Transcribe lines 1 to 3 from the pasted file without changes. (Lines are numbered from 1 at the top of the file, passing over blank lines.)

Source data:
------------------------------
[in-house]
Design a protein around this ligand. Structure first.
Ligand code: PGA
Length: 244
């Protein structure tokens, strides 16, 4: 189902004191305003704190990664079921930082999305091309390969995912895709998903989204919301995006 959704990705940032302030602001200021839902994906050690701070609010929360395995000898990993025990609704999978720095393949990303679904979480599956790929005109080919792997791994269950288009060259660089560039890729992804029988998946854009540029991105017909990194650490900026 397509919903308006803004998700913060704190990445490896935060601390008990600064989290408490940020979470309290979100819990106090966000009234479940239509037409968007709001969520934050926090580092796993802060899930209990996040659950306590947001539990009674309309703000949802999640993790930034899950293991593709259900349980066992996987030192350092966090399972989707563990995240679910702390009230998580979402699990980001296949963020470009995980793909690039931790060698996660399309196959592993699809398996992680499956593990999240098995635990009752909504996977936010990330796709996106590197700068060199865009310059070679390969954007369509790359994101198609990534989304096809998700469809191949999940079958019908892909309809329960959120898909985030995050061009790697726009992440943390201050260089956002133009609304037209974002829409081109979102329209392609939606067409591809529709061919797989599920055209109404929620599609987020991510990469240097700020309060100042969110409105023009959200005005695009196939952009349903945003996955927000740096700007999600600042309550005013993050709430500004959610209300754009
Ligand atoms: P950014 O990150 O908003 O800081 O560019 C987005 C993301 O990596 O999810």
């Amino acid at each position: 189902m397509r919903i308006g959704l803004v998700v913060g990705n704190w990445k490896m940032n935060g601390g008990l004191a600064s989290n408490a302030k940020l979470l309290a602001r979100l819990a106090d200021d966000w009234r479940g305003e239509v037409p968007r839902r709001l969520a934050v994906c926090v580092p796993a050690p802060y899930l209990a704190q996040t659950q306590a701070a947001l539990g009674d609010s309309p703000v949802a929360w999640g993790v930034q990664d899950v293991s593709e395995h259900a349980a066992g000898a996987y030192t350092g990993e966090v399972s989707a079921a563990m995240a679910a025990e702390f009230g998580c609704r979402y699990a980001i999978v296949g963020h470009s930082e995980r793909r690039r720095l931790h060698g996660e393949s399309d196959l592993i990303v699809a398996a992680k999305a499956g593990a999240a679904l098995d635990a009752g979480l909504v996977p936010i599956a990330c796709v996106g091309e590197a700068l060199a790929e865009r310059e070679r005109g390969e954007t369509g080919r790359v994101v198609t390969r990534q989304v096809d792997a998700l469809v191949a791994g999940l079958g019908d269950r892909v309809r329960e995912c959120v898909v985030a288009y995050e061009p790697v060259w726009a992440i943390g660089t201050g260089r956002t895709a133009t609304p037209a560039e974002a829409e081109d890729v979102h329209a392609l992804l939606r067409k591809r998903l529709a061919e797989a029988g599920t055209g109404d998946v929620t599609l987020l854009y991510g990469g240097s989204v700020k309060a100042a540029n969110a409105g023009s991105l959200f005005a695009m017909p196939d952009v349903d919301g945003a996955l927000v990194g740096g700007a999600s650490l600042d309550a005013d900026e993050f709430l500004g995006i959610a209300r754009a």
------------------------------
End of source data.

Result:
[in-house]
Design a protein around this ligand. Structure first.
Ligand code: PGA